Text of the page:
Fig. 6 Each process handles one collection of patches. Patches are treated one by one by the available threads.

The great advantage of this scheme is that, inside one MPI patch collection, the threads do not need to wait for their colleagues to go to the next patch; they can continue working on the available patches, thus avoiding long waiting times. This is a form of local dynamic load balancing.

Load balancing between MPI patch collections

As we just explained, threads treat patches asynchronously, thus balancing their computational loads. Indeed, some patches may have more particles than others and therefore represent a heavier load. In the meantime, other threads can take care of several lighter patches. Unfortunately, it may not be sufficient. When one MPI patch collection holds more total load than the others, it will take a long time to compute, while the other processes have already finished and wait for this one. This can cause large delays.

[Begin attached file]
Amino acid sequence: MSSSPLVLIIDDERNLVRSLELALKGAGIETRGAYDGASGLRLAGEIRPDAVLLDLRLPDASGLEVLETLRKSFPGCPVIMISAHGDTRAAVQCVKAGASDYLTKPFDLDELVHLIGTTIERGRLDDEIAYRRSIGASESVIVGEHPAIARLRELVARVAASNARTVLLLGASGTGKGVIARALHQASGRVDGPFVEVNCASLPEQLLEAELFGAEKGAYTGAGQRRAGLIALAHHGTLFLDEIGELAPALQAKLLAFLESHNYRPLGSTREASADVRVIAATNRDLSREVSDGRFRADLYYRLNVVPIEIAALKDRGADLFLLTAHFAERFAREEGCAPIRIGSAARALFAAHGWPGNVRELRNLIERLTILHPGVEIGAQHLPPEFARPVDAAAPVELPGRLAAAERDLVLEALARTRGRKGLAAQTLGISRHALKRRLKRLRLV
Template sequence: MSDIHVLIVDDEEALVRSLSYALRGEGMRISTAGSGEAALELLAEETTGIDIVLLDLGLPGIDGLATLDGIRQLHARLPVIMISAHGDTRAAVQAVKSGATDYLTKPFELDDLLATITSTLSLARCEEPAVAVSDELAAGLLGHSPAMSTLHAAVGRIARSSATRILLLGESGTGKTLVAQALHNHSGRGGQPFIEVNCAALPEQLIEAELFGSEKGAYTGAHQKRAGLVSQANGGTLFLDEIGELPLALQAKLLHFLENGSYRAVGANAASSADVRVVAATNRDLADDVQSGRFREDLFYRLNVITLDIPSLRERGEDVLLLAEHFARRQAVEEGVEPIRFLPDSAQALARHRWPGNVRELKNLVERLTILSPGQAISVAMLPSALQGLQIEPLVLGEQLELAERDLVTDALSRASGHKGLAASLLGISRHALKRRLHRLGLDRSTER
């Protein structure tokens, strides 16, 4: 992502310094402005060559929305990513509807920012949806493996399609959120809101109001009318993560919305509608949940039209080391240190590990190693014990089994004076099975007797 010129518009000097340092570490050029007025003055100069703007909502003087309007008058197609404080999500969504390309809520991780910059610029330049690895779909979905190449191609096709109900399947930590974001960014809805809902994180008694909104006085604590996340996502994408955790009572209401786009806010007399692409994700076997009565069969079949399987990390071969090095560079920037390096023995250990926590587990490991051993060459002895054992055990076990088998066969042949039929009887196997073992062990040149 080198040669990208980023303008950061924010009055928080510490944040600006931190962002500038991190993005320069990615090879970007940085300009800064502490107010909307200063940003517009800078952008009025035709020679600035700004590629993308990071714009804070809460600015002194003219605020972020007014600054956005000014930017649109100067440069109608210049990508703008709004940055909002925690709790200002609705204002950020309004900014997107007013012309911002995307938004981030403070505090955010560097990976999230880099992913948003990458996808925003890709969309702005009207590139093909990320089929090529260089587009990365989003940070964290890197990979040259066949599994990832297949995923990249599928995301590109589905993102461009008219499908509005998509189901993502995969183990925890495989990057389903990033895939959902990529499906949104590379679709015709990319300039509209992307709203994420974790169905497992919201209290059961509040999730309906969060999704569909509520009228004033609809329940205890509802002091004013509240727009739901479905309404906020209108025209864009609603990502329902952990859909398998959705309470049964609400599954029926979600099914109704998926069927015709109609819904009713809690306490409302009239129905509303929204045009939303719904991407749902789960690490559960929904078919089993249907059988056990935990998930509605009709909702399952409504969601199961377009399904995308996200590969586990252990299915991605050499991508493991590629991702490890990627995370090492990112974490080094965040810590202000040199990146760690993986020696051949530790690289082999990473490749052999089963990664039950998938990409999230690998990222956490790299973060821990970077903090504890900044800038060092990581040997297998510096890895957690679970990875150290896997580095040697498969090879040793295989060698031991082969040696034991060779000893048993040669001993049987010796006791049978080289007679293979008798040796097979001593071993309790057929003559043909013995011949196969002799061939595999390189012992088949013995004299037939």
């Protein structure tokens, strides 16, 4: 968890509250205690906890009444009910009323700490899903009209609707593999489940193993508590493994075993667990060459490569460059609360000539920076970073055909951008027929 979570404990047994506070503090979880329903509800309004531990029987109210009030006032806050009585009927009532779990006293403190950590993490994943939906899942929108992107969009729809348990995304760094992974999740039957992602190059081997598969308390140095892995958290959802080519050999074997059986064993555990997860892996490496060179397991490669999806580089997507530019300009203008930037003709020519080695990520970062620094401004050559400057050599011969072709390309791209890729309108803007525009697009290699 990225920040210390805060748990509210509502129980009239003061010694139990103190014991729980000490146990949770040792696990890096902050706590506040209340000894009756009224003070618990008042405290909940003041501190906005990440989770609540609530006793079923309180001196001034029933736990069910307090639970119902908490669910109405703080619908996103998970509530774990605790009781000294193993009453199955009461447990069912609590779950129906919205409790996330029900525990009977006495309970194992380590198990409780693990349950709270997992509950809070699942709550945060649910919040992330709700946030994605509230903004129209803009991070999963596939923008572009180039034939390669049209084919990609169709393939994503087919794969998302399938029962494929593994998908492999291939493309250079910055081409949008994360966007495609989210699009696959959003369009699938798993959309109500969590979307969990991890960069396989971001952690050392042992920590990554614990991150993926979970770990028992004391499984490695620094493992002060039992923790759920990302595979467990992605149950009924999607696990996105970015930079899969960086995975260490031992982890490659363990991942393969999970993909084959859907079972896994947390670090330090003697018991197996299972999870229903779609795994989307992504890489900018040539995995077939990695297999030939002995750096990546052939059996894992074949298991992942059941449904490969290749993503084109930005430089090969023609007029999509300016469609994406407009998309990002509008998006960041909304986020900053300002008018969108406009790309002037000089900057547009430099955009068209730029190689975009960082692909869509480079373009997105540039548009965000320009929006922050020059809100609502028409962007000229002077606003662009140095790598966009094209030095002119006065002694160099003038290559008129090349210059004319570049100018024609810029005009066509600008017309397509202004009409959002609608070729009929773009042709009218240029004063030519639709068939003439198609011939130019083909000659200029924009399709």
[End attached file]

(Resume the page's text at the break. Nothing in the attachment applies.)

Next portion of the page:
Smilei has an algorithm able to reduce this imbalance by exchanging patches from one MPI patch collection to another. A process that has too much load will give patches to other processes in order to reduce the size of its MPI patch collection. This algorithm is based on an ordering of the patches by a Hilbert curve, as drawn in Fig. 7. One MPI patch collection contains only patches that contiguously follow this curve. If this “portion” of the curve has too much load, it will send some patches to the portions ahead or after, along the same curve. By repeating this operation every now and then, we ensure that all regions manage an equitable computational load.